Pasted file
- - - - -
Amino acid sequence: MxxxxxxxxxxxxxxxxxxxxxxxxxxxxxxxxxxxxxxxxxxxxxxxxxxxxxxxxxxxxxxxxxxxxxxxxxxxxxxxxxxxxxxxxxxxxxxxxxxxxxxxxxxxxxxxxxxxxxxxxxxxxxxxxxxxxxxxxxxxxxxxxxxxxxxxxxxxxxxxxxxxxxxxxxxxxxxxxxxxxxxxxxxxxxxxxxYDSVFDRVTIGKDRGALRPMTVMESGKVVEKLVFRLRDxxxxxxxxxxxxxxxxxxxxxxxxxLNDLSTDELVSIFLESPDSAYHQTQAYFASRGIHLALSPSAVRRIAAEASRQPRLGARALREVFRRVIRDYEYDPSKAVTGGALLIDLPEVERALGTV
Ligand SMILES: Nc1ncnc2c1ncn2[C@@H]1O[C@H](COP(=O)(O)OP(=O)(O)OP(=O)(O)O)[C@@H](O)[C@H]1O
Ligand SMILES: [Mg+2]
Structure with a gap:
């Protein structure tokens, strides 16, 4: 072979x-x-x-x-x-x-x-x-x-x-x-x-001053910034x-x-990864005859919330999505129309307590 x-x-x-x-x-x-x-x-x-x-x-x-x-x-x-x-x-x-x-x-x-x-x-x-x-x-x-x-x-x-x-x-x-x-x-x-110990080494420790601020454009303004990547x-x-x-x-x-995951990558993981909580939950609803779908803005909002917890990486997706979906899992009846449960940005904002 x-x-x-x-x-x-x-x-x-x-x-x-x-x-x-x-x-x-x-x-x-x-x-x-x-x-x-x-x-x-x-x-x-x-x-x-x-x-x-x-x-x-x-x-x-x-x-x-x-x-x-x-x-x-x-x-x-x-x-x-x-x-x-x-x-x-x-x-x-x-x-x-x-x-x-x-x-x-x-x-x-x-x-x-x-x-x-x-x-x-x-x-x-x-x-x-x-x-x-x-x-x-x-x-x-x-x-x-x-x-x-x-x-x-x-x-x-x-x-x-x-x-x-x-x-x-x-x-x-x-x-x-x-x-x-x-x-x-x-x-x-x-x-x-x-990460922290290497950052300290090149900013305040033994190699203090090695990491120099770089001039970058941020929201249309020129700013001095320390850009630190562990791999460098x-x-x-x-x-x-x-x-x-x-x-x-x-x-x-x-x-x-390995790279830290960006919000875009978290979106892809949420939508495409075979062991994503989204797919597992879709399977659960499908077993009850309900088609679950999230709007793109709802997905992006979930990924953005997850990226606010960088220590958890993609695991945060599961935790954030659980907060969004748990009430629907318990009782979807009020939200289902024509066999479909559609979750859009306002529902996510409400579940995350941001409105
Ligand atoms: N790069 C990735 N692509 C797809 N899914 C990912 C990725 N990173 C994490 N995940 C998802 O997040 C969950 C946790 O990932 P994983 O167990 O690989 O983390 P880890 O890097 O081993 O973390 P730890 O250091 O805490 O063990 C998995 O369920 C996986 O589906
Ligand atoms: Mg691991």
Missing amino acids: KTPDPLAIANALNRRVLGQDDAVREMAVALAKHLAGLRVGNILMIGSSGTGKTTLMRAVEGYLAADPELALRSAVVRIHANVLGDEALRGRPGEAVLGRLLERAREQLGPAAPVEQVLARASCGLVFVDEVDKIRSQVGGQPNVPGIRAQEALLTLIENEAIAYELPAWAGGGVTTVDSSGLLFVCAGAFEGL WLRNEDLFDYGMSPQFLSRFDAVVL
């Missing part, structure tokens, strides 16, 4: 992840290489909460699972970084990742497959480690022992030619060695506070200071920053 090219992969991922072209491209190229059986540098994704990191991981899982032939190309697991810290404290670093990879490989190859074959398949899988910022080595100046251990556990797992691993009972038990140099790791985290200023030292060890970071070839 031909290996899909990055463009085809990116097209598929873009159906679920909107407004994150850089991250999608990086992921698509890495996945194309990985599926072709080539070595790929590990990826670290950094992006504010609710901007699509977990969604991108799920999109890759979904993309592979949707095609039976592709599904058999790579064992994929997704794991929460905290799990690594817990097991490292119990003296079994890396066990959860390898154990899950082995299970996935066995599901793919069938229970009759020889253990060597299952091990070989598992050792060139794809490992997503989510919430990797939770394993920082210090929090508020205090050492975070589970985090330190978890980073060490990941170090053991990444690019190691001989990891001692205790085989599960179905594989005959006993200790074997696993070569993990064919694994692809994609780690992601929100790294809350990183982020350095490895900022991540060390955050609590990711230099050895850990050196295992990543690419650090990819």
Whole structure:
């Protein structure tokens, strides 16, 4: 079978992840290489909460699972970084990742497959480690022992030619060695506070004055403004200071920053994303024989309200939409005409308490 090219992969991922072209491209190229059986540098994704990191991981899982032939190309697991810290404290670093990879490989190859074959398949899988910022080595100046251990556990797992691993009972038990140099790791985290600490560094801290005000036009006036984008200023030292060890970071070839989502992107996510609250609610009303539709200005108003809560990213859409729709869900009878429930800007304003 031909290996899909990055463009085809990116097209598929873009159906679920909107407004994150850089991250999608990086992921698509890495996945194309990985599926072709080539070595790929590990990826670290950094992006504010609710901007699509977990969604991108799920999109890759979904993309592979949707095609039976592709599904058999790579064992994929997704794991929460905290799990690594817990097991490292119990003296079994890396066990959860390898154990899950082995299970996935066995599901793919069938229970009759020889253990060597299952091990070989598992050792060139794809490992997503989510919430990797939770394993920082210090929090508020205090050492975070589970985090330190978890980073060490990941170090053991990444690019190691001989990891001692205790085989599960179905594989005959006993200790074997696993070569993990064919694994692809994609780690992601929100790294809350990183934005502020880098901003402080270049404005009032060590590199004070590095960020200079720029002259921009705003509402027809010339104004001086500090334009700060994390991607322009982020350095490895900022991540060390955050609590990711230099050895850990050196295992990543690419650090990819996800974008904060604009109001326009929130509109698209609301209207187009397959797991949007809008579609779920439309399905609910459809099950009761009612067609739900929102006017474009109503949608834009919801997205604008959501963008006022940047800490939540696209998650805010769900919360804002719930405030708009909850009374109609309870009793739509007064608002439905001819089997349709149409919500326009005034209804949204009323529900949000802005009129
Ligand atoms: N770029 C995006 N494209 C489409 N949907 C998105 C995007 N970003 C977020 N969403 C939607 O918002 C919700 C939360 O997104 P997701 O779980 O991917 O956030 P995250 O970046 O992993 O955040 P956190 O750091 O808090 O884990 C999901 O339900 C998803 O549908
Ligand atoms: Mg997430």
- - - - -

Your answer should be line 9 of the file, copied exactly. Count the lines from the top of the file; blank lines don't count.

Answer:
């Missing part, structure tokens, strides 16, 4: 992840290489909460699972970084990742497959480690022992030619060695506070200071920053 090219992969991922072209491209190229059986540098994704990191991981899982032939190309697991810290404290670093990879490989190859074959398949899988910022080595100046251990556990797992691993009972038990140099790791985290200023030292060890970071070839 031909290996899909990055463009085809990116097209598929873009159906679920909107407004994150850089991250999608990086992921698509890495996945194309990985599926072709080539070595790929590990990826670290950094992006504010609710901007699509977990969604991108799920999109890759979904993309592979949707095609039976592709599904058999790579064992994929997704794991929460905290799990690594817990097991490292119990003296079994890396066990959860390898154990899950082995299970996935066995599901793919069938229970009759020889253990060597299952091990070989598992050792060139794809490992997503989510919430990797939770394993920082210090929090508020205090050492975070589970985090330190978890980073060490990941170090053991990444690019190691001989990891001692205790085989599960179905594989005959006993200790074997696993070569993990064919694994692809994609780690992601929100790294809350990183982020350095490895900022991540060390955050609590990711230099050895850990050196295992990543690419650090990819």